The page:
First, we must admit this is a masterstroke. Marketing-wise as well. It was reported on the news and the company got an excellent reputation – "they care about us". They gained a lot of points for "the day after". 

Without dismissing their good intentions, I assume the cost of this decision isn't higher than taking out full page ads in the newspapers. 

Now, think what you can do to show solidarity with your clients or consumers. And if you're a small company, have a few meetings to brainstorm ideas which will both benefit you, and show solidarity.

Discover New Opportunities

Not all companies are experiencing a reduction in sales. Sales of food, masks and gloves, cleaners and disinfectants – are all increasing. 

Of course there are products and services which were in demand before the crisis and aren’t so now, and those sales are down. 

I suggest the following:

  1. Abilities. Pick a team of representatives from all fields in your company (sales, manufacturing, logistics, engineering, etc.) and map your abilities.
  2. Needs. A different team should map all needs in the market currently. Let your imagination run wild and don’t limit yourself to your existing products.
    Note: both teams should have different participants, to promote creativity. But of course, if you’re a small company, one team can be enough.
  3. Now look at both lists, and match possible needs to your abilities. Of course, certain abilities can answer several needs.
    Take care not to fall victim to the negation trap. Look at the lists with an open mind and don’t immediately dismiss needs as unanswerable.
  4. Once you've matched needs and abilities, try to estimate the market's size, existing competitors, and what advantages you have over them.
    You can be more in-depth and use the Lean Canvas model.
    Remember, the market will recover slowly, and global mobility will also be slow in the upcoming months. Take that into account when you analyze the market.
  5. Prioritize the opportunities you've identified and create a work plan to actualize them.
    It's possible that without you've noticed, the current crisis has opened a new market for your company.

An Example – Finding New Opportunities for a Travel Agency

I assume that without flights and with closed borders, many travel agencies have closed. Let's challenge ourselves to find new opportunities for them. 

Mapping abilities (with the help of a friend with many years' experience in the field): 

Able to sell to an individual consumer over the phone or face-to-face. 

Good customer relations, listening skills, and communication. 

Able to form a personal and trustful connection. 

Intelligent, knowledge of geography, foreign languages (at least English).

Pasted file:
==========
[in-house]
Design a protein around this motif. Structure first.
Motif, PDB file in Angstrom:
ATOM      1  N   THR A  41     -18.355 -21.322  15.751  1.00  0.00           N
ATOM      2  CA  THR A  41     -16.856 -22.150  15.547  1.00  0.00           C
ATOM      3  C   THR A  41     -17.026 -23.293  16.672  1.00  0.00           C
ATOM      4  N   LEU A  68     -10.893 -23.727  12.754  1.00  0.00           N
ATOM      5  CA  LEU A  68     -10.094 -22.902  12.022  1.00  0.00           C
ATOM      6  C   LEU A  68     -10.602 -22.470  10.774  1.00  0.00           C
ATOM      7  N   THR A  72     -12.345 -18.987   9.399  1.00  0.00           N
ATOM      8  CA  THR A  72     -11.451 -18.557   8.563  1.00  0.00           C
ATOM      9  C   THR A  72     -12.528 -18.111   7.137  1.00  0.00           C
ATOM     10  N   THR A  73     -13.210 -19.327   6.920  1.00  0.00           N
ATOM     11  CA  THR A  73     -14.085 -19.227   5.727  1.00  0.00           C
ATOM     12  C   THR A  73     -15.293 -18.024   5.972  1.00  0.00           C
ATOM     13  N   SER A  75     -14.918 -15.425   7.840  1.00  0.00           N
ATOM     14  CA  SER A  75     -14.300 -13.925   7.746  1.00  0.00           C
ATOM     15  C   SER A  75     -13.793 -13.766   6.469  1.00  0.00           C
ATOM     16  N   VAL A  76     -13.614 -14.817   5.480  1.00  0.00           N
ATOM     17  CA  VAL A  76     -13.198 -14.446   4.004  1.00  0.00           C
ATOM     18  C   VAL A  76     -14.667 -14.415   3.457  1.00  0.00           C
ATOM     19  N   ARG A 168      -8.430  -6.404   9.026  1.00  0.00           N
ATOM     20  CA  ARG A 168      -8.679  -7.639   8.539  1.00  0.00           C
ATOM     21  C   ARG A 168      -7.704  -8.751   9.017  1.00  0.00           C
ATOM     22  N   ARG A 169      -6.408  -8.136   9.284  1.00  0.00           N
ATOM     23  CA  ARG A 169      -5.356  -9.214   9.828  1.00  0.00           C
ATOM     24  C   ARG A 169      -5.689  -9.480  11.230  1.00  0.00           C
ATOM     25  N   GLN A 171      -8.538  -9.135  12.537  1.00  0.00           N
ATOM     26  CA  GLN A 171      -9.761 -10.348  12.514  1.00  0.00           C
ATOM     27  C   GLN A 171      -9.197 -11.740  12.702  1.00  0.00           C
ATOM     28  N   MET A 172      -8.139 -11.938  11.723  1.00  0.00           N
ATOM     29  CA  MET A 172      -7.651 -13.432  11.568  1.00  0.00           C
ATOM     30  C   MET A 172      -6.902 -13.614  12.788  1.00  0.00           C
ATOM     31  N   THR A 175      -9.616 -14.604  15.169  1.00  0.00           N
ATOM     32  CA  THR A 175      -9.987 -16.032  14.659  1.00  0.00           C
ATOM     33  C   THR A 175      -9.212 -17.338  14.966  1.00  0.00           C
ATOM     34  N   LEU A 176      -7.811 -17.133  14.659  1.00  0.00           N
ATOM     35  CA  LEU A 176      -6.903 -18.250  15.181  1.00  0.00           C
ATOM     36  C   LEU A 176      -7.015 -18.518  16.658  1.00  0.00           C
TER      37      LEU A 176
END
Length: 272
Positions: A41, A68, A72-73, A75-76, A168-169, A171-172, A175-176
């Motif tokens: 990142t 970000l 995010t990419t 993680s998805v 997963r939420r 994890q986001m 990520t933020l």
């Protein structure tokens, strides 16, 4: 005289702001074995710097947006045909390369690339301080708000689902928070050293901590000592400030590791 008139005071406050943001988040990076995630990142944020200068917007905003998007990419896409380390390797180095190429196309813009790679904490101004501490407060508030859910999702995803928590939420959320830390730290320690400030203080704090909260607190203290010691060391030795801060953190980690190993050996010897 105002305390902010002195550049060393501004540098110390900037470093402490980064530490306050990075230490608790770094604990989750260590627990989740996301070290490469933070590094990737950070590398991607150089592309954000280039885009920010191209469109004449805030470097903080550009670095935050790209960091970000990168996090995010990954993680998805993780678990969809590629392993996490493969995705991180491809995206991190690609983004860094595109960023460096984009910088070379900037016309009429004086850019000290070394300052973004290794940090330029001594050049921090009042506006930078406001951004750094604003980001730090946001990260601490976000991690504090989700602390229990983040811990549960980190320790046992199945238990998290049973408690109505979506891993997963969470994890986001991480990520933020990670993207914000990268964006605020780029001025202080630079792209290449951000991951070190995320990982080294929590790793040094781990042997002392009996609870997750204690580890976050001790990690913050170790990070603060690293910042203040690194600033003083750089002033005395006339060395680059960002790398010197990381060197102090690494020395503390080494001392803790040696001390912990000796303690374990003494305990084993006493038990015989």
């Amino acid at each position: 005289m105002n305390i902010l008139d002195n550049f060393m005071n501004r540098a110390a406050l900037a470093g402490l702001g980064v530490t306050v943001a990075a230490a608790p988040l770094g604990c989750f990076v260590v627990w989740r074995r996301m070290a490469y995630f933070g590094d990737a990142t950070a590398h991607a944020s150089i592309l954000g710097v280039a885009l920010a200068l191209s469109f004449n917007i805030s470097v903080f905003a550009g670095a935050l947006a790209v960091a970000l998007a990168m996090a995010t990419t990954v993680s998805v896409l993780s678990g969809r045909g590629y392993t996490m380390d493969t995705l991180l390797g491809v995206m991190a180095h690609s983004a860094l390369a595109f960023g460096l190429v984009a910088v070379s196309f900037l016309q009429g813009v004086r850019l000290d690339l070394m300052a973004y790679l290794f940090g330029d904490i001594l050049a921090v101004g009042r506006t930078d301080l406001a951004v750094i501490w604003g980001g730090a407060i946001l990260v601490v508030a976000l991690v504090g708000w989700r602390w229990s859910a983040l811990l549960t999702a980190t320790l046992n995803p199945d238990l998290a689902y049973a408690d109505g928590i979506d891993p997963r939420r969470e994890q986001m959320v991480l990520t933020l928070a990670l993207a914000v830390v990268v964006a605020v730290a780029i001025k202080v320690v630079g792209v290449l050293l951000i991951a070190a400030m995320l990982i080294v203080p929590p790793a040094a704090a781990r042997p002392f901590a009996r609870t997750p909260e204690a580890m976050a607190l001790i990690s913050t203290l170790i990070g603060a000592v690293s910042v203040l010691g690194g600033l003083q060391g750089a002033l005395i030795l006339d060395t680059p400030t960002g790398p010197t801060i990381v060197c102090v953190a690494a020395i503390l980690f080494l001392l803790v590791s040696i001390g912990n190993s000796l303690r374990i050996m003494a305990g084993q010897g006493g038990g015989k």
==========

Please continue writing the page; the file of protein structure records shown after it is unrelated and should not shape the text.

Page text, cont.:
Experience with communicating globally, with colleagues, institutions, etc. 

Knowledge of regulations in the field. 

Experience working online, including internet searches. 

Note: my experience shows that most people in Israel will avoid communicating with unfamiliar people in English, especially verbally (and the same is true for all foreign languages). 

Even those who know how to book a hotel online, will avoid doing the same even in slightly different fields (like with attractions, car rentals, etc.).

Mapping needs (this part I did on my own, and I missed the ability to brain storm with others):

Locating components, parts, medications, globally.

Locating suppliers globally, comparing prices and quality.

Locating specific people globally – either ones you've lost touch with, or ones you've never met.

Locating second-hand equipment or machines. 

Summarizing the example: without a doubt, mapping global and local needs with a group of six or seven people would have resulted in more options. 

The next stage, in this hypothetical, would have been for the agency's manager to lead a process matching abilities with needs, and choosing a new development direction. In that way, instead of closing the business indefinitely, maybe for good – a new opportunity could arise.

Summary and Recommendations

Covid-19 caused a sharp economic decline, almost a standstill. Many people sit at home, due to quarantining, school closures, and closed business and lay-offs or furloughs. 

Some companies are still working, and the question hovering over them is – are they getting orders. 

Except for companies in foods, medical supplies, and maybe a few other fields, many need to reinvent themselves to survive in the current market. 

One of the major changes we're seeing is a more massive move to online shopping. Today, because of quarantining, tomorrow because it will become a habit. 

Is your company ready for this change?

In my experience, many companies don’t have a website, or don’t allow online purchases, or don't show up in google searches. 

Building an online marketing and sales platform is the first thing you should do. The second is to think about solidarity. Many of your clients are anxious. If you can show solidarity with them, show that their important to you and you care about them, they'll remember it later. 

The third thing to do is rethink your products or services. If you don’t have sales, find new opportunities. I presented a way to map your abilities and new opportunities, and how to pivot to a new direction. A direction which can generate sales during this pandemic, and maybe in the future too.

Most importantly, be proactive; don’t sit around waiting for a miracle.

My team and I work with several companies, and see a wide picture. So, if you're interested in our professional help in dealing with the Coronavirus crisis, the best way to do so is to contact me through my website here.